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More Funding, Please

G4C I am at the Games 4 Change Festival (http://www.gamesforchange.org/fest2009) which bills itself as "the only festival dedicated to the exciting new movement of Digital Games for Social Change."  This is one of the premiere gatherings of game designers and developers, academics, activists and funders.  Everyone here is passionate about their craft and committed to having an impact on the world.  But something doesn’t feel quite right.

G4C

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I am at the Games 4 Change Festival (http://www.gamesforchange.org/fest2009) which bills itself as “the only festival dedicated to the exciting new movement of Digital Games for Social Change.”  This is one of the premiere gatherings of game designers and developers, academics, activists and funders.  Everyone here is passionate about their craft and committed to having an impact on the world.  But something doesn’t feel quite right.

One of the big topics at G4C is how to get funding for game projects.  Everyone needs funding.  Everyone wants to know how to find, or qualify, for funding.  Without funding, there would be no serious games – and there would be no social change the results from them.  Its a big deal.

But, I am not convinced that the funders really understand the potential of games.  The people in the audience are chasing the people on stage, if you will, but it should be the other way around.  It should be the other way around.

For example, the consensus seems to be that the projects that get funded are the ones that can demonstrate success.  Foundations want to fund projects that they know can address a certain challenge or answer a particular question.  Investors and media companies want to fund games that they know will get attention and generate revenue.  Academics want to study games that prove a particular theory or test a certain behavior.  There is still a bias towards short-term results — which is a big challenge when the outcome is social change.  And everyone has a threshold that games must meet before they can find funding or support.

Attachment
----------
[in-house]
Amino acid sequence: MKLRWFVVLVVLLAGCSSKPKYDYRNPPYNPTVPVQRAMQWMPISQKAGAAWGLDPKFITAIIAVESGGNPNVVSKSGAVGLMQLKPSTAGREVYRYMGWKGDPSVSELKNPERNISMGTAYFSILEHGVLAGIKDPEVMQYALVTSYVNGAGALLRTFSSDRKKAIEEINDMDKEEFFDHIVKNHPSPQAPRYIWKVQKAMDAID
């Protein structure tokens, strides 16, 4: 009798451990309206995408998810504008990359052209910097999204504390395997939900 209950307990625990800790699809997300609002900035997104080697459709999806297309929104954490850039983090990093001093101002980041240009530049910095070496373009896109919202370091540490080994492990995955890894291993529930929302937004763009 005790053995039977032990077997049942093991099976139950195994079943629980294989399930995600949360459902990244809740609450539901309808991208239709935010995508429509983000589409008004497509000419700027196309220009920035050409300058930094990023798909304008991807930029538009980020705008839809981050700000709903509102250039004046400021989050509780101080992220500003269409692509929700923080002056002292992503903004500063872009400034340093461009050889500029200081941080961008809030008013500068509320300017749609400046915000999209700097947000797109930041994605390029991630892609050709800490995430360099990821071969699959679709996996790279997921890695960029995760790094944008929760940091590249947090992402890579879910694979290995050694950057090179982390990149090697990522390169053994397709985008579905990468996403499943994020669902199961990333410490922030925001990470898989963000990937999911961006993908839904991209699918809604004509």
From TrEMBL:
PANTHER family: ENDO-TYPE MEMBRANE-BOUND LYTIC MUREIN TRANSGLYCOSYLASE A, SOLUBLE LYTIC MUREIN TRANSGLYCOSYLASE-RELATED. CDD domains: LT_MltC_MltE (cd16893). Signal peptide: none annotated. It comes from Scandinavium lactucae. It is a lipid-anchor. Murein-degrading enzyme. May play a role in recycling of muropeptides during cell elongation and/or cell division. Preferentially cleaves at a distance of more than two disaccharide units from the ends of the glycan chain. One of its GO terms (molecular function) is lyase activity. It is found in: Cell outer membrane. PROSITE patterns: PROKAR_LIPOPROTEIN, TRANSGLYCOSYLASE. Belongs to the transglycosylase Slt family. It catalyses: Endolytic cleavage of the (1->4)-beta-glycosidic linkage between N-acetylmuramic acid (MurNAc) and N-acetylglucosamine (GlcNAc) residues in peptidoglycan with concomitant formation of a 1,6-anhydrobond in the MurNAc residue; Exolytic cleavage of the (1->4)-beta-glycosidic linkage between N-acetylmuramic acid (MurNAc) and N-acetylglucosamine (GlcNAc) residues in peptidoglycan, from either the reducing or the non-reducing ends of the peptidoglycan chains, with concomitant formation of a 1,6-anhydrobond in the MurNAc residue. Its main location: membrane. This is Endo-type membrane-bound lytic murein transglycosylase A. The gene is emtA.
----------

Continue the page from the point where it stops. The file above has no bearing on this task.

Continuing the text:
How will we know a game has potential to change the world until we build it?  How will we know what audiences are going to do with a project until we can actually observe them?  How do we know the investment we make is worthwhile until we look back from the future and analyze the return?

This conference is supposed to ‘how to’ focused — to give people who want to build games that have an impact on social the tools, and guidance, and support to pursue their ideas.  But the people with the ideas are the ones who understand what is happening in the world.  The person who has mapped out a game concept is way ahead of the person who is being asked to finance that game’s development.

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We are seeing some best practices.  There are some successful case studies for building games that have an impact on society.  But the impact that games have the potential to have is far greater than we have realized.  And we won’t realize it until the funding for games becomes more readily available and less challenging to acquire — until we are able put games online (or similar) and get people playing.

Like I said, I don’t think the people being asked to fund serious games understand the potential of games.  Which leads me to believe they shouldn’t be the ones in control of whether we are able to innovate or not.  The people in the audience are chasing the people on stage, if you will, but it should be the other way around.